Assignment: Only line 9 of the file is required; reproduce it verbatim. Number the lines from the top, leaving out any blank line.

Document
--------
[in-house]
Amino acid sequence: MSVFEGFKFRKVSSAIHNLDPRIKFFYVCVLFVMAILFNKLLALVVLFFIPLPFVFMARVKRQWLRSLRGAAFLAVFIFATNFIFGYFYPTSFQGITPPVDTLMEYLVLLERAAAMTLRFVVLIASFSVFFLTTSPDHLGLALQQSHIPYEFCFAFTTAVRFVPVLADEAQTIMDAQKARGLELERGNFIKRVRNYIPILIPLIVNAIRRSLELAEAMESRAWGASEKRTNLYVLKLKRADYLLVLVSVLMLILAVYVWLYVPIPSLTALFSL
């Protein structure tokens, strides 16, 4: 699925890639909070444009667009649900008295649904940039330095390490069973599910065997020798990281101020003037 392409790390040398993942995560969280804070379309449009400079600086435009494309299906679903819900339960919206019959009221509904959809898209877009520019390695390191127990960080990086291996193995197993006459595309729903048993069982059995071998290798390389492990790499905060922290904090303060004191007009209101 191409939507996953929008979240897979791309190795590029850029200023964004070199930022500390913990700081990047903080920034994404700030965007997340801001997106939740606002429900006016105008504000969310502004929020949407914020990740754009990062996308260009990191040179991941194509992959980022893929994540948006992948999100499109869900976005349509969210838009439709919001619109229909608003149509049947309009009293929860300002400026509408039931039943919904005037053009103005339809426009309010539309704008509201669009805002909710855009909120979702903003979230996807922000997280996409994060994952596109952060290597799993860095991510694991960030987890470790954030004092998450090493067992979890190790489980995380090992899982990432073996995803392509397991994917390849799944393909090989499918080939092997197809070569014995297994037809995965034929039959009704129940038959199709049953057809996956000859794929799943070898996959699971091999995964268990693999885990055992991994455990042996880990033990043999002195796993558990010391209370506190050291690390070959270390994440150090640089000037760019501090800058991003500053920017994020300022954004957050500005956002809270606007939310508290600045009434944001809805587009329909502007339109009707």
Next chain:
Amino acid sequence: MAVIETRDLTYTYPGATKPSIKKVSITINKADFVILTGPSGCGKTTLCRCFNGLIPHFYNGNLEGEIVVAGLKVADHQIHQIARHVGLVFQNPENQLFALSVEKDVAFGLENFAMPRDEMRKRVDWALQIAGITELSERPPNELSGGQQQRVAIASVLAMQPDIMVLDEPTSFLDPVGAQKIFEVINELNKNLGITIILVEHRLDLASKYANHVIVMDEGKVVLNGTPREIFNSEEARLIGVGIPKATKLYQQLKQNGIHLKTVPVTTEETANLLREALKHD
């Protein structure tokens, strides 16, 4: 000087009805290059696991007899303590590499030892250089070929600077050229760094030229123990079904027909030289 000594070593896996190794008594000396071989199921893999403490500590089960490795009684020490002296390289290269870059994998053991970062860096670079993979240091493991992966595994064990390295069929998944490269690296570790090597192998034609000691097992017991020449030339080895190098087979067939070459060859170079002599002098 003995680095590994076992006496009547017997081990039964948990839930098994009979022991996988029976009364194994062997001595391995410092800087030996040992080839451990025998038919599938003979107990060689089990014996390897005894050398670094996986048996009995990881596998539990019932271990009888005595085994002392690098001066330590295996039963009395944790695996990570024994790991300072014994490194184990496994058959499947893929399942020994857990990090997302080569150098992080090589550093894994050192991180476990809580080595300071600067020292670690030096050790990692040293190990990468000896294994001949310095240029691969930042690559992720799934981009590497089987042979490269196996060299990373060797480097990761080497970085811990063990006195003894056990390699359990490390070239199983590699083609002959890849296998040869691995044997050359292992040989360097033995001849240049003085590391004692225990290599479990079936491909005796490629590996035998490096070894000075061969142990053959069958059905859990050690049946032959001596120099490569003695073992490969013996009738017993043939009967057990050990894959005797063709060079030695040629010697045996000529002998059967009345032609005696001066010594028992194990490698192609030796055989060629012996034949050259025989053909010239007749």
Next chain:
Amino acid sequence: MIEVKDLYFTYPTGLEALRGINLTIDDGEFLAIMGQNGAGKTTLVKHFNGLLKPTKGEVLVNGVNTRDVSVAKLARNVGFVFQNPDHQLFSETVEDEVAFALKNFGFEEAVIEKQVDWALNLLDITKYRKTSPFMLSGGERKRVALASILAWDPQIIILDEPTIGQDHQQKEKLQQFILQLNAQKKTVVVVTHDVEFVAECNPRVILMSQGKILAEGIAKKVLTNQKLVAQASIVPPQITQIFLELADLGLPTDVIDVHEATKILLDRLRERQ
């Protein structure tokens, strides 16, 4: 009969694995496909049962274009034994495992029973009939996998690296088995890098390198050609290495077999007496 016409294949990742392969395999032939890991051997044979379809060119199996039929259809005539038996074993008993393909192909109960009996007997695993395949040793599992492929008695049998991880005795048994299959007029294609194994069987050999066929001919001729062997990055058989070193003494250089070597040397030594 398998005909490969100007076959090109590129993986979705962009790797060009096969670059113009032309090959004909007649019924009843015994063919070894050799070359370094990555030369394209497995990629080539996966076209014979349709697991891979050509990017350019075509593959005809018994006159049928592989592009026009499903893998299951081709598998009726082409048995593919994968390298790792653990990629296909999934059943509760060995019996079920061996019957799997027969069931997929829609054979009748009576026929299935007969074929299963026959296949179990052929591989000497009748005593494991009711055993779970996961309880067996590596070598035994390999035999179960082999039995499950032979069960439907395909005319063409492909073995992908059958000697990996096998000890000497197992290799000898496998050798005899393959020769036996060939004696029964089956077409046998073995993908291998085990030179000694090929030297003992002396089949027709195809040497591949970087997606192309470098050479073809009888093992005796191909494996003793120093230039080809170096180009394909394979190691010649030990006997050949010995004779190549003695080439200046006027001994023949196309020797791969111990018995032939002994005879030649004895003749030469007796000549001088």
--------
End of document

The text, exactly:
């Protein structure tokens, strides 16, 4: 009969694995496909049962274009034994495992029973009939996998690296088995890098390198050609290495077999007496 016409294949990742392969395999032939890991051997044979379809060119199996039929259809005539038996074993008993393909192909109960009996007997695993395949040793599992492929008695049998991880005795048994299959007029294609194994069987050999066929001919001729062997990055058989070193003494250089070597040397030594 398998005909490969100007076959090109590129993986979705962009790797060009096969670059113009032309090959004909007649019924009843015994063919070894050799070359370094990555030369394209497995990629080539996966076209014979349709697991891979050509990017350019075509593959005809018994006159049928592989592009026009499903893998299951081709598998009726082409048995593919994968390298790792653990990629296909999934059943509760060995019996079920061996019957799997027969069931997929829609054979009748009576026929299935007969074929299963026959296949179990052929591989000497009748005593494991009711055993779970996961309880067996590596070598035994390999035999179960082999039995499950032979069960439907395909005319063409492909073995992908059958000697990996096998000890000497197992290799000898496998050798005899393959020769036996060939004696029964089956077409046998073995993908291998085990030179000694090929030297003992002396089949027709195809040497591949970087997606192309470098050479073809009888093992005796191909494996003793120093230039080809170096180009394909394979190691010649030990006997050949010995004779190549003695080439200046006027001994023949196309020797791969111990018995032939002994005879030649004895003749030469007796000549001088």